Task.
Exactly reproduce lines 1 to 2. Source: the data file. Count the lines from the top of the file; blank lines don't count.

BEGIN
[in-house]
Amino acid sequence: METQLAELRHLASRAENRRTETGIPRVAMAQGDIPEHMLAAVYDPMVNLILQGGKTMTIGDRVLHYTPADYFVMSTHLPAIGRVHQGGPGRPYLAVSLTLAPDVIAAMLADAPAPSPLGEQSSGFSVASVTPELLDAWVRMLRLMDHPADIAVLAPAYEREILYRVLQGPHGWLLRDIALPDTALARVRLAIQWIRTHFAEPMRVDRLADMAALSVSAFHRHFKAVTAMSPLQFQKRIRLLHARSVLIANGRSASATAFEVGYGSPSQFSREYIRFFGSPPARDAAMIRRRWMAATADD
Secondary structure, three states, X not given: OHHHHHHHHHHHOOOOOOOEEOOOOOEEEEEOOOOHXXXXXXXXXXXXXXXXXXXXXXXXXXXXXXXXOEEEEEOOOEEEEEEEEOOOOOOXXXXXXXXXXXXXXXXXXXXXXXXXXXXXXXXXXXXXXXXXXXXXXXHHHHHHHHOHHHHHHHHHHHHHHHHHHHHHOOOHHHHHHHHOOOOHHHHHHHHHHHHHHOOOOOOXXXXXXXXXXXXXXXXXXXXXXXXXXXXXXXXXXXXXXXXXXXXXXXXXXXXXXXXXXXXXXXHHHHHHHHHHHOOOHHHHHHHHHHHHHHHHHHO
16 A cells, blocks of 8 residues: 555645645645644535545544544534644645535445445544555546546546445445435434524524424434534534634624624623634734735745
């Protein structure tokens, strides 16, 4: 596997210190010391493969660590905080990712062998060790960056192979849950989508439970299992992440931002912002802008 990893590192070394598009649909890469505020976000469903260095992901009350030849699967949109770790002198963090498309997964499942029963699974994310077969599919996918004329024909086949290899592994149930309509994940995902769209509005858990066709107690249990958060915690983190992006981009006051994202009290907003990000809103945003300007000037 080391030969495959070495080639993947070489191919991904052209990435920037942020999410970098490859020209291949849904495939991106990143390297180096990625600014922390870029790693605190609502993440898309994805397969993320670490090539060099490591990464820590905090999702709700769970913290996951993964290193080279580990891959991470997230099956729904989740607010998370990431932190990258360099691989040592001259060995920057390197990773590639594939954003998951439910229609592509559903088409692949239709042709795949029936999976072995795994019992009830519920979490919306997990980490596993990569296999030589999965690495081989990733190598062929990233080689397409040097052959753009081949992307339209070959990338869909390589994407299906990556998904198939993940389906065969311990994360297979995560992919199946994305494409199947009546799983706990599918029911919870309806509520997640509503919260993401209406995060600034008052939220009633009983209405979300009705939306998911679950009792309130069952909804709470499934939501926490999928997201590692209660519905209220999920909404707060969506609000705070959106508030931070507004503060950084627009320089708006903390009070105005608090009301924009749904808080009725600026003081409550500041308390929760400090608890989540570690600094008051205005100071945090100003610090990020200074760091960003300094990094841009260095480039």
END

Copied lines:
[in-house]
Amino acid sequence: METQLAELRHLASRAENRRTETGIPRVAMAQGDIPEHMLAAVYDPMVNLILQGGKTMTIGDRVLHYTPADYFVMSTHLPAIGRVHQGGPGRPYLAVSLTLAPDVIAAMLADAPAPSPLGEQSSGFSVASVTPELLDAWVRMLRLMDHPADIAVLAPAYEREILYRVLQGPHGWLLRDIALPDTALARVRLAIQWIRTHFAEPMRVDRLADMAALSVSAFHRHFKAVTAMSPLQFQKRIRLLHARSVLIANGRSASATAFEVGYGSPSQFSREYIRFFGSPPARDAAMIRRRWMAATADD